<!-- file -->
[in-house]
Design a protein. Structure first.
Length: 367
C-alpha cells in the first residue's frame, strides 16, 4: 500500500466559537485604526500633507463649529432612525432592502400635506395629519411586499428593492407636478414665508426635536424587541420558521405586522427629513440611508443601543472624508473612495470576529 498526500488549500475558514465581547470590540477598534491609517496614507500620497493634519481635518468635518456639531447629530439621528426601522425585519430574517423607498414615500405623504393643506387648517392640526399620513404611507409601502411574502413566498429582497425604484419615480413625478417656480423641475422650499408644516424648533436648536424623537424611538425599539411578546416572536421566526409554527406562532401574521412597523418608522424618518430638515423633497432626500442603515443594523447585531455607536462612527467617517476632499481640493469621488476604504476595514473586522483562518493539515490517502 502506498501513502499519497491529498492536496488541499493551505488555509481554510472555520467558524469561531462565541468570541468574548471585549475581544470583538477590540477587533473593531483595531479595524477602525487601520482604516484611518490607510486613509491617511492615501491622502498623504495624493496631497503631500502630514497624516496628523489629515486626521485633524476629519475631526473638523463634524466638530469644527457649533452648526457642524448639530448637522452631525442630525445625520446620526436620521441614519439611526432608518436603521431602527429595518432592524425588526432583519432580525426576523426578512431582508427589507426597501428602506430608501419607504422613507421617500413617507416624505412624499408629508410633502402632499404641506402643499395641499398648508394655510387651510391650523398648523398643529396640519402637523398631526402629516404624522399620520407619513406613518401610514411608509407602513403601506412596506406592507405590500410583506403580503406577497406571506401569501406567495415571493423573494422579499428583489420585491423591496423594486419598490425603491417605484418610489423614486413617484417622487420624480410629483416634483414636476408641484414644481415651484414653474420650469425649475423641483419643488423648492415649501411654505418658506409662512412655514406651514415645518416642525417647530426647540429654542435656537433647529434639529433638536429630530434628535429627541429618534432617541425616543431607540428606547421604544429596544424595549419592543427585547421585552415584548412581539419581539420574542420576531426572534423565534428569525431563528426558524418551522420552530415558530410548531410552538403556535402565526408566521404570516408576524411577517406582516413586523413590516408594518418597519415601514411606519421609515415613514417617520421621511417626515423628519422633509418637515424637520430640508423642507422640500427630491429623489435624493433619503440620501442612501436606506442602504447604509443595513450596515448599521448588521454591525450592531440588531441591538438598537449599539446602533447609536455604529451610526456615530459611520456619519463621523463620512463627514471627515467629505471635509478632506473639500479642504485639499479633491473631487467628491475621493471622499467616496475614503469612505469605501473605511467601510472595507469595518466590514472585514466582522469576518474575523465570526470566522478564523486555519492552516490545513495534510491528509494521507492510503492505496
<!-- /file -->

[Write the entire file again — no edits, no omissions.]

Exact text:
[in-house]
Design a protein. Structure first.
Length: 367
C-alpha cells in the first residue's frame, strides 16, 4: 500500500466559537485604526500633507463649529432612525432592502400635506395629519411586499428593492407636478414665508426635536424587541420558521405586522427629513440611508443601543472624508473612495470576529 498526500488549500475558514465581547470590540477598534491609517496614507500620497493634519481635518468635518456639531447629530439621528426601522425585519430574517423607498414615500405623504393643506387648517392640526399620513404611507409601502411574502413566498429582497425604484419615480413625478417656480423641475422650499408644516424648533436648536424623537424611538425599539411578546416572536421566526409554527406562532401574521412597523418608522424618518430638515423633497432626500442603515443594523447585531455607536462612527467617517476632499481640493469621488476604504476595514473586522483562518493539515490517502 502506498501513502499519497491529498492536496488541499493551505488555509481554510472555520467558524469561531462565541468570541468574548471585549475581544470583538477590540477587533473593531483595531479595524477602525487601520482604516484611518490607510486613509491617511492615501491622502498623504495624493496631497503631500502630514497624516496628523489629515486626521485633524476629519475631526473638523463634524466638530469644527457649533452648526457642524448639530448637522452631525442630525445625520446620526436620521441614519439611526432608518436603521431602527429595518432592524425588526432583519432580525426576523426578512431582508427589507426597501428602506430608501419607504422613507421617500413617507416624505412624499408629508410633502402632499404641506402643499395641499398648508394655510387651510391650523398648523398643529396640519402637523398631526402629516404624522399620520407619513406613518401610514411608509407602513403601506412596506406592507405590500410583506403580503406577497406571506401569501406567495415571493423573494422579499428583489420585491423591496423594486419598490425603491417605484418610489423614486413617484417622487420624480410629483416634483414636476408641484414644481415651484414653474420650469425649475423641483419643488423648492415649501411654505418658506409662512412655514406651514415645518416642525417647530426647540429654542435656537433647529434639529433638536429630530434628535429627541429618534432617541425616543431607540428606547421604544429596544424595549419592543427585547421585552415584548412581539419581539420574542420576531426572534423565534428569525431563528426558524418551522420552530415558530410548531410552538403556535402565526408566521404570516408576524411577517406582516413586523413590516408594518418597519415601514411606519421609515415613514417617520421621511417626515423628519422633509418637515424637520430640508423642507422640500427630491429623489435624493433619503440620501442612501436606506442602504447604509443595513450596515448599521448588521454591525450592531440588531441591538438598537449599539446602533447609536455604529451610526456615530459611520456619519463621523463620512463627514471627515467629505471635509478632506473639500479642504485639499479633491473631487467628491475621493471622499467616496475614503469612505469605501473605511467601510472595507469595518466590514472585514466582522469576518474575523465570526470566522478564523486555519492552516490545513495534510491528509494521507492510503492505496